In summary, the formula for average kinetic energy, K = 0.5mv^2, is not actually for average kinetic energy but is the definition of kinetic energy. It was derived from the concept of work, which is equal to the change in kinetic energy between two points. This was noticed by early physicists and given a name as it is a conserved quantity in many dynamics problems.
First, K = 0.5mv^2 is not "average" kinetic energy- it is kinetic energy- in fact it is the definition of kinetic energy- there is no "derivation". At some time, back at the beginning of "physics" someone notice that, in many dynamics problems that quantity was conserved- so they gave it a name!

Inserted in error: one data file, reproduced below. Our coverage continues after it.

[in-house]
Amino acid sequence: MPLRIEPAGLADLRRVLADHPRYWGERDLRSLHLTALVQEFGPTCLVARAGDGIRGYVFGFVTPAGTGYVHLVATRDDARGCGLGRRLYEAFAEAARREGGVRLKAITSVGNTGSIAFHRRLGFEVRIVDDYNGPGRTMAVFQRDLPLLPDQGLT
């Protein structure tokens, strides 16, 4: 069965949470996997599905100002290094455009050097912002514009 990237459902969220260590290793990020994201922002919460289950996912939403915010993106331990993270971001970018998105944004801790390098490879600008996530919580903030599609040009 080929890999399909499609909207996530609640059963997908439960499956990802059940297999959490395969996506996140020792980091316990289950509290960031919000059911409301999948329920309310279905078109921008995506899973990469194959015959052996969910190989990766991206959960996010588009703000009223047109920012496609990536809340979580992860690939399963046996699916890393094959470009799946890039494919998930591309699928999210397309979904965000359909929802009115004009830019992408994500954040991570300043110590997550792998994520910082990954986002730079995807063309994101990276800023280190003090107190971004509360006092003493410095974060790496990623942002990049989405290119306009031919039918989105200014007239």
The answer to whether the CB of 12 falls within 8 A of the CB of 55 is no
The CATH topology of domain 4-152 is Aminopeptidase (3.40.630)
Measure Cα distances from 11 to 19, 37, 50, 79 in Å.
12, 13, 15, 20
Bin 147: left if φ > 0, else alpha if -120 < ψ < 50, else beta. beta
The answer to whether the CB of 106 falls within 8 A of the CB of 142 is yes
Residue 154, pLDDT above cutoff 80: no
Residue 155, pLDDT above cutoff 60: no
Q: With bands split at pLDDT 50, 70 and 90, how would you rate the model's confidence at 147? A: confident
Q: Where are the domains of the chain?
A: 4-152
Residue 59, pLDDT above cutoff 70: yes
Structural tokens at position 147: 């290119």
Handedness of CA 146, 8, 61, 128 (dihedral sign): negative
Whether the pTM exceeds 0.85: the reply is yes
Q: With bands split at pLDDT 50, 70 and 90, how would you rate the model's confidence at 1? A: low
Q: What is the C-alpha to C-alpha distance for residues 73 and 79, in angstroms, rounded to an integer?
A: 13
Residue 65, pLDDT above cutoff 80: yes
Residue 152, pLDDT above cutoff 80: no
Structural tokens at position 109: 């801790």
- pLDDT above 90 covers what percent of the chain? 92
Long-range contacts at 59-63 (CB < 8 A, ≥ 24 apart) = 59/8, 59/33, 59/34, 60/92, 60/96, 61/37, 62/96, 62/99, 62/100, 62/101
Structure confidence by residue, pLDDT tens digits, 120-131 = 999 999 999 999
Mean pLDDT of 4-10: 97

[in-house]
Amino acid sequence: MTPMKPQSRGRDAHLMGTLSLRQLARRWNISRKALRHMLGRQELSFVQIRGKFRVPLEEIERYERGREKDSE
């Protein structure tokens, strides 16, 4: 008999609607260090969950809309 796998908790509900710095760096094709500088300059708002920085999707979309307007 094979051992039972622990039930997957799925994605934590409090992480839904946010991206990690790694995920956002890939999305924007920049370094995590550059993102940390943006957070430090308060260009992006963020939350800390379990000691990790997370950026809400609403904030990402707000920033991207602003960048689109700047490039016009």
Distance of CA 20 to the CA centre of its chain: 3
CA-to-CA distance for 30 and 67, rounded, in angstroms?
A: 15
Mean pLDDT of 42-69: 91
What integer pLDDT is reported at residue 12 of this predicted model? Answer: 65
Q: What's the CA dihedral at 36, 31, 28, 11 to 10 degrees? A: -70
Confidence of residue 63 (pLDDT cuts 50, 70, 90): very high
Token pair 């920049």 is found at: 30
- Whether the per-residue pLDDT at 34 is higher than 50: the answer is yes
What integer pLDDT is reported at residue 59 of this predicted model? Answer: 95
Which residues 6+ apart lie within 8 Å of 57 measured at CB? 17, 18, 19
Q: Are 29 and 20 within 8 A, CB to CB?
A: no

First, K = 0.5mv^2 is not "average" kinetic energy- it is kinetic energy- in fact it is the definition of kinetic energy- there is no "derivation". At some time, back at the beginning of "physics" someone notice that, in many dynamics problems that quantity was conserved- so they gave it a name!
but by Newton
[tex]
\mathbf{F}=m\mathbf{a}
[/tex]
so
[tex]
W=\int_A^Bm\mathbf{a}\cdot d\mathbf{s} = m\int_{t_{A}}^{t_{B}}\mathbf{a}\cdot\mathbf{v}dt\\
= \frac{m}{2}\int_{t_{A}}^{t_{B}}\frac{d(v^2)}{dt}\! dt = \frac{1}{2}mv_B^2 - \frac{1}{2}mv_A^2
[/tex]
so you see that the work done is equal to the change in kinetic energy between the two points, and this is a derivation of the formula for that kinetic energy.